I agree with you, they should be more pro active, but I've been swimming for over 30 years and I cannot remember the last time a lifeguard told a swimmer to get out of the fast lane. Actually I can come to think, of it. Me and my lad accidentally got into the fast lane at Hillsborough once (they'd moved all the lanes around) and the lifeguard came down off her high chair like greased lightning to tell us to get out, yet my lad, who was only just past his 6th birthday at the time, was actually a better swimmer than a fair proportion of the adults in that pool *. I'd have had every right to feel annoyed about it but in actual fact I didn't because they should be doing that, though more consistently, obviously.

     

    * this is him diving to 8ft one week before his 4th birthday !

     


  14. 14 hours ago, Brooker11 said:

    I've tended to use local shops for the last two weeks and been able to get 90% of my usual purchases.

    Went down Hillsborough High St today again, the butchers had plenty of meat, B&M had plenty of food (even bread ! ), the green grocer had loads in, and Heron foods had both bread and milk ( ! ). I didn't actually buy any of those things because we don't need them at they moment, but the point is made.

     

    11 hours ago, fools said:

    It really doesn't take much for a supply of anything to clear out. One extra tin of beans, one extra pack of bog roll x 5000 people, and the shelves are empty. Their advanced ordering systems aren't up to it. That's not quite as sensational as a viral video of someone tugging at a pack of toilet rolls though, so it doesn't make the headlines.

     

    This is not caused by these imaginary greedy people in transit vans full of food, it's caused by people preparing for a longer stay at home, with 2 kids to feed, no school meals, no mcdonalds, no work lunch.

    I possibly agree with you. I think some are being greedy, but I suspect the main cause of these shortages is most people are buying "just a bit more than usual". So long as they are doing just that and they do actually eat the food they buy, TBH, I can't say I blame them. The latter does not apply to genuine bulk buyers (or more probably "repeat buyers") stacking their larders at home.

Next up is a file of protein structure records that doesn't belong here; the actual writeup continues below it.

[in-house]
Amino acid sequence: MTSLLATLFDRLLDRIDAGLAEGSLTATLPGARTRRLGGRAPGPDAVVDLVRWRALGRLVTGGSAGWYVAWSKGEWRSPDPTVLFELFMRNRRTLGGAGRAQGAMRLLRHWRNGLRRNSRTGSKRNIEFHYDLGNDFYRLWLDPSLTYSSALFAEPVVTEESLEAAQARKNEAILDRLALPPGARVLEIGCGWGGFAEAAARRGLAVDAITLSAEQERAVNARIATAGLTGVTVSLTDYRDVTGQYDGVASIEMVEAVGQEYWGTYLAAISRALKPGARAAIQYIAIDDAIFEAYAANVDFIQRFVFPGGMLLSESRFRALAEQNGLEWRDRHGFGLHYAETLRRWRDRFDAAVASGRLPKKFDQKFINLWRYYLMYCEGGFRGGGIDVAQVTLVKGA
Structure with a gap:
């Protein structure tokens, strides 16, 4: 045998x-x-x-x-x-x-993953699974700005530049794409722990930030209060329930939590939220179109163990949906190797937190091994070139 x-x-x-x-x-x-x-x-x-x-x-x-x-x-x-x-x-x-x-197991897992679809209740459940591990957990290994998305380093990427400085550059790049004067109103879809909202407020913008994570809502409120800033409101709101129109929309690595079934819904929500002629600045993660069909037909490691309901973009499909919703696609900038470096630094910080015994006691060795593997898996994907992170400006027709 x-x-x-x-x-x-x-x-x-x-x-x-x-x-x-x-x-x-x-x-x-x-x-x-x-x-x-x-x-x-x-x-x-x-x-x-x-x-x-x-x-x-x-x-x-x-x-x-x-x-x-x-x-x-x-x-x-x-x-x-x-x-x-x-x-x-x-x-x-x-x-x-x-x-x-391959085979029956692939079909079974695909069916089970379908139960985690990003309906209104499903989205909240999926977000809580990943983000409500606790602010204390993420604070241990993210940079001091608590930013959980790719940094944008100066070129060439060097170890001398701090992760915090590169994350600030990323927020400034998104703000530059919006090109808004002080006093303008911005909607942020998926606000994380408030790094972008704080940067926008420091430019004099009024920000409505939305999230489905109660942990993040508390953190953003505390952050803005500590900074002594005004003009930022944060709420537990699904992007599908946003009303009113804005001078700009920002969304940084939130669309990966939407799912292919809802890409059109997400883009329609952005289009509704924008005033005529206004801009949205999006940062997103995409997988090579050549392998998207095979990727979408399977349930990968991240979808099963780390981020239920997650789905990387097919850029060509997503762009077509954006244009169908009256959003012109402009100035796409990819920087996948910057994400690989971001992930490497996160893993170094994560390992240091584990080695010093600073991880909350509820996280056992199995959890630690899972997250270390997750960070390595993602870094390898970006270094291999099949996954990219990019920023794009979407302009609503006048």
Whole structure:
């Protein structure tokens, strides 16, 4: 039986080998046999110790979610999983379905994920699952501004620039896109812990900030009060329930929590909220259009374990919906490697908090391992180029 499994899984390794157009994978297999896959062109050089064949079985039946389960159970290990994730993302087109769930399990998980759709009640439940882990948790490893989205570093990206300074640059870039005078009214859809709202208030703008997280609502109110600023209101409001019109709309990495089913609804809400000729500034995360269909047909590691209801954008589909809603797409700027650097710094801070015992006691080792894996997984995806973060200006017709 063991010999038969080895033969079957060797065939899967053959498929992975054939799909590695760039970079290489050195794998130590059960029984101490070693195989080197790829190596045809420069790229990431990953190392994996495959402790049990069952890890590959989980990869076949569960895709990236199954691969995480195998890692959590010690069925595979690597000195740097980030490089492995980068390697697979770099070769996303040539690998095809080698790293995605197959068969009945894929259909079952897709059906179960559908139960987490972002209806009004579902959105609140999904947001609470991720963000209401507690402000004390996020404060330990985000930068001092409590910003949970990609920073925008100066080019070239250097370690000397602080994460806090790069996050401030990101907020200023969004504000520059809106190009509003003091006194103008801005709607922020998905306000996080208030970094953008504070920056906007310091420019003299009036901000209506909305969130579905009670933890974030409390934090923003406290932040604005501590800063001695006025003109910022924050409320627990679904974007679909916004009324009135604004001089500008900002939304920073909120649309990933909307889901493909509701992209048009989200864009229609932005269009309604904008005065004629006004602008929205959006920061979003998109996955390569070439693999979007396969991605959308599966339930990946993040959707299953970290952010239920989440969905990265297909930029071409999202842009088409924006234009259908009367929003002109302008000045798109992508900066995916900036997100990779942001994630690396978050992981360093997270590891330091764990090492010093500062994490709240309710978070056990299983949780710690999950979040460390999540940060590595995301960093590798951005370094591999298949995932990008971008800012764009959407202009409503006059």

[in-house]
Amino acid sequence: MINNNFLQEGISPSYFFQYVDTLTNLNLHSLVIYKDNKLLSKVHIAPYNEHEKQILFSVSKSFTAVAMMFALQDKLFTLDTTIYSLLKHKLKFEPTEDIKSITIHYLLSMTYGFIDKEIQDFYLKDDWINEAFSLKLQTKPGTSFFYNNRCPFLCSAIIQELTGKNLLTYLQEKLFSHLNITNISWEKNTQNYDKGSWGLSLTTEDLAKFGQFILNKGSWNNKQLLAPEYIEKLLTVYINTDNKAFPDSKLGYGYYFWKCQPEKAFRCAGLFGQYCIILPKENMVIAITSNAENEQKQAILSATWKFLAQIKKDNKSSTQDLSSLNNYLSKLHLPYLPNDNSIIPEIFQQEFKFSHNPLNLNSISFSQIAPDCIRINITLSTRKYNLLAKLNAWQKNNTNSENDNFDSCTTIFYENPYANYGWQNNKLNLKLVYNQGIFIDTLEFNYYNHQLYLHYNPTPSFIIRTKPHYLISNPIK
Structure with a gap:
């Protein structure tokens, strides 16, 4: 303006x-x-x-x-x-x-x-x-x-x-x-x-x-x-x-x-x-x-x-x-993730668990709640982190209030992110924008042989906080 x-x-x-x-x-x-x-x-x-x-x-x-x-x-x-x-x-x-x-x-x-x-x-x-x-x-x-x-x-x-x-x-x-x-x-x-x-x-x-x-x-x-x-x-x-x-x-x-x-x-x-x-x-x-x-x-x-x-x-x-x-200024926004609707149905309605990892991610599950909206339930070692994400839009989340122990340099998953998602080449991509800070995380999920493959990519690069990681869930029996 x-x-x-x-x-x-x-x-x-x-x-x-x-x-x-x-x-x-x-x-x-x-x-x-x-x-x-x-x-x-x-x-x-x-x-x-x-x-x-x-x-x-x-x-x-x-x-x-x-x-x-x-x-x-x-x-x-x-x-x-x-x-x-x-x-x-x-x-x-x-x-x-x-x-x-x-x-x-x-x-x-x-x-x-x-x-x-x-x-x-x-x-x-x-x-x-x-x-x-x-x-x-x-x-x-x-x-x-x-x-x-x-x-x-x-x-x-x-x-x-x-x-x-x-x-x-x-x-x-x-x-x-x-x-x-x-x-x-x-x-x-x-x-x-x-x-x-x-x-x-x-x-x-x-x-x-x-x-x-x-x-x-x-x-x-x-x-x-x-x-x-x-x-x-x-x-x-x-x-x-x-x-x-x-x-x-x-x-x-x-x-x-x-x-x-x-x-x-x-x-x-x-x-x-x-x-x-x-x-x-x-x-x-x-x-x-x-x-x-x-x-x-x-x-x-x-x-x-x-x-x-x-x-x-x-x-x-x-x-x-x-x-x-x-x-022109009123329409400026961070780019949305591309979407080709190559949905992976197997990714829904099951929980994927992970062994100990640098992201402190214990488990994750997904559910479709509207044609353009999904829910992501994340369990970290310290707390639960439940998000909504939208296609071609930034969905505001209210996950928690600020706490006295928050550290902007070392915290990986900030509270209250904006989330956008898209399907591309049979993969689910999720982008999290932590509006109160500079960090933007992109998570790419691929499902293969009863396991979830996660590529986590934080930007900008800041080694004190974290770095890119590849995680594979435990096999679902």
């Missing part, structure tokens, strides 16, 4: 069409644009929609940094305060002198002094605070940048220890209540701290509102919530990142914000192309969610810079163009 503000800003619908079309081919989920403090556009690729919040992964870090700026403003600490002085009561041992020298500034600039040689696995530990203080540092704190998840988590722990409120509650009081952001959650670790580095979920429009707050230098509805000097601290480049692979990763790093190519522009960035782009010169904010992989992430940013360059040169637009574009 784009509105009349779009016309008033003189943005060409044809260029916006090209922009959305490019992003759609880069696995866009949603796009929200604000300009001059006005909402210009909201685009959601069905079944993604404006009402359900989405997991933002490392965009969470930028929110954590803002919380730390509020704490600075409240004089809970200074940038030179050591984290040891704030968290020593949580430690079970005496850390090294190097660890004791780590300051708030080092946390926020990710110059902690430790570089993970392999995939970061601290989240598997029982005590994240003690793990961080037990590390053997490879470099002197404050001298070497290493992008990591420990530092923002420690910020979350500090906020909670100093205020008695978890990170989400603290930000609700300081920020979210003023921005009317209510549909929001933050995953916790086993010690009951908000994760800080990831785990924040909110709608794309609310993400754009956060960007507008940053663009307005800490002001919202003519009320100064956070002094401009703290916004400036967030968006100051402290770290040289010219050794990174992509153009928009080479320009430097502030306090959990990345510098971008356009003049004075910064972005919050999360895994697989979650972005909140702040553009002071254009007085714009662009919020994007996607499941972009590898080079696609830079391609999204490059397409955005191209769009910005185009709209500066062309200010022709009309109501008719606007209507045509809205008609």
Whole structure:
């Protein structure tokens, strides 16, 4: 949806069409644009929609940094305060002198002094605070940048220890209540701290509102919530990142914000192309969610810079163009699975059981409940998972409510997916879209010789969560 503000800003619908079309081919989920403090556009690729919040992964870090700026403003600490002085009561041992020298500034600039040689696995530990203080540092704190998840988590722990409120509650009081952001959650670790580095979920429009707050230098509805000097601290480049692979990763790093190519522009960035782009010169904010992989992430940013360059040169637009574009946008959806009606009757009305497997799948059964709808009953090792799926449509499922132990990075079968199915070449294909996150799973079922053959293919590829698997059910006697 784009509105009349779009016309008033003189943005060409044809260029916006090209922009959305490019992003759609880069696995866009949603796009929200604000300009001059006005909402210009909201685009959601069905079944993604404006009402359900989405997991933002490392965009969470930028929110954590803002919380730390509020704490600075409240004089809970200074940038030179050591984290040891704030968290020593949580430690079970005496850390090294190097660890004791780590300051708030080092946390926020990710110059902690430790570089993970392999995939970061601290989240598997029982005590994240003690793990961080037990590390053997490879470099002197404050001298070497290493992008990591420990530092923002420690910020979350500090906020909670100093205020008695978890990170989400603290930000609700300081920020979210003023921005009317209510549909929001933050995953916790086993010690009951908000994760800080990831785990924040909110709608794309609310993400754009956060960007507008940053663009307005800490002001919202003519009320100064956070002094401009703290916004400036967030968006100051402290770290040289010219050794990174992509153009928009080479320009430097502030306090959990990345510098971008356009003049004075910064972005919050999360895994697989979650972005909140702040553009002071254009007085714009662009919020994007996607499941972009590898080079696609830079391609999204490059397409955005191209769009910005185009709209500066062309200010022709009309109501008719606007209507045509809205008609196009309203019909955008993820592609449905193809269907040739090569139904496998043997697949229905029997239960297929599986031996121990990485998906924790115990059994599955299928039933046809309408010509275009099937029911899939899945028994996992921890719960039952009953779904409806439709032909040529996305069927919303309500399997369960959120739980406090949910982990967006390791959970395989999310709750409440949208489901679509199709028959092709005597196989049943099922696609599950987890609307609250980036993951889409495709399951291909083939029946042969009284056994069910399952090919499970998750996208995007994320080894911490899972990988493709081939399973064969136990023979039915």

15. 2 hours ago, jane2008 said:

    I've been to the one on Flora street.  The only thing they didn't have was anti-bacterial wipes.

    The butcher's in Hillsborough seemed well stocked when I walked past, the green grocer too, plus Heron's seemed to have most stuff. The other day we needed some milk and the local shop on Oughtibridge had some. I suspect it's the large supermarkets which are the worst affected. Lesson, use smaller shops......


  16. 1 hour ago, Agent Orange said:

    The government have said time and again that there are no shortages and that the public should shop as normal.  So, how have they caused this panic?

    As I said earlier, the government could reduce this panic buying significantly if they announced that shopping for food (and the supply chain to the food shops) will not, under any circumstances, be disrupted. And they'd just be stating the obvious there because it cannot be disrupted almost no matter what the reason. We all have to eat, if we don't eat it won't be  a 1% death rate it'll be 100%.....


  17. 40 minutes ago, tinfoilhat said:

    One thing on panic buying I hadn't considered - apparently 50% of food is consumed at work. Couple that up with meals out in general that aren't happening anymore, no wonder the shops can't cope.

    That sounds most unlikely. Most people might work 5 days a week and have a mid day meal there, using basic maths (and counting breakfast as a meal), that'd be 5 meals at work and 16 at home...….


  18. 7 hours ago, despritdan said:

    There's no perfect answer to this problem but there are steps that could be taken. The most draconian would be to bring in the army and give them powers to enter the homes of people suspected of stockpiling and confiscate any excess food with no compensation, using  guidelines on how much households are allowed to have based on family size, then use the empty pubs and clubs as temporary shops and sell it to the over 65s, health workers and social care workers. Supermarkets should lock away the big trolleys and only allow shoppers to use a small trolley or a basket and only let 20 people in at a time with strict limits of how many items they can buy.  When one leaves, another is let in so people stop forming huge queues at 5.00 in the morning.